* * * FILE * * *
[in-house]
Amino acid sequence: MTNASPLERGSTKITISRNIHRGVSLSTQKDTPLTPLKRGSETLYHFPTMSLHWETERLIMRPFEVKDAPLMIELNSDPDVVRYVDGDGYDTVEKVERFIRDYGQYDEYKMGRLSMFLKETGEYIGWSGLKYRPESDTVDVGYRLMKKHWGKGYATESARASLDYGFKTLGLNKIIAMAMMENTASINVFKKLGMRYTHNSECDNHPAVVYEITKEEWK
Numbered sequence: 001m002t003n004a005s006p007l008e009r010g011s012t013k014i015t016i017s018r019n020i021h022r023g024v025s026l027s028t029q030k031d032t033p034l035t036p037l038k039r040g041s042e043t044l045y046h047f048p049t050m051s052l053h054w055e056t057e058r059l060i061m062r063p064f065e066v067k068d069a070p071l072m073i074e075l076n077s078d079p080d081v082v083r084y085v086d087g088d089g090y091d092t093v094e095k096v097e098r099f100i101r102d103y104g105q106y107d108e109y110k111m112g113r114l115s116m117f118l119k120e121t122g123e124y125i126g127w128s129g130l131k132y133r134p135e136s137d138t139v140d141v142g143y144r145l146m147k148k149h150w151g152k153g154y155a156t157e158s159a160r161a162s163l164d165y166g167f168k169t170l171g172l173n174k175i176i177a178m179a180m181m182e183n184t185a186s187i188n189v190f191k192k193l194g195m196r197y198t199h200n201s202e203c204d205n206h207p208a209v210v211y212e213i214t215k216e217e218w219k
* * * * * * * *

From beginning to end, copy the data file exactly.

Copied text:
[in-house]
Amino acid sequence: MTNASPLERGSTKITISRNIHRGVSLSTQKDTPLTPLKRGSETLYHFPTMSLHWETERLIMRPFEVKDAPLMIELNSDPDVVRYVDGDGYDTVEKVERFIRDYGQYDEYKMGRLSMFLKETGEYIGWSGLKYRPESDTVDVGYRLMKKHWGKGYATESARASLDYGFKTLGLNKIIAMAMMENTASINVFKKLGMRYTHNSECDNHPAVVYEITKEEWK
Numbered sequence: 001m002t003n004a005s006p007l008e009r010g011s012t013k014i015t016i017s018r019n020i021h022r023g024v025s026l027s028t029q030k031d032t033p034l035t036p037l038k039r040g041s042e043t044l045y046h047f048p049t050m051s052l053h054w055e056t057e058r059l060i061m062r063p064f065e066v067k068d069a070p071l072m073i074e075l076n077s078d079p080d081v082v083r084y085v086d087g088d089g090y091d092t093v094e095k096v097e098r099f100i101r102d103y104g105q106y107d108e109y110k111m112g113r114l115s116m117f118l119k120e121t122g123e124y125i126g127w128s129g130l131k132y133r134p135e136s137d138t139v140d141v142g143y144r145l146m147k148k149h150w151g152k153g154y155a156t157e158s159a160r161a162s163l164d165y166g167f168k169t170l171g172l173n174k175i176i177a178m179a180m181m182e183n184t185a186s187i188n189v190f191k192k193l194g195m196r197y198t199h200n201s202e203c204d205n206h207p208a209v210v211y212e213i214t215k216e217e218w219k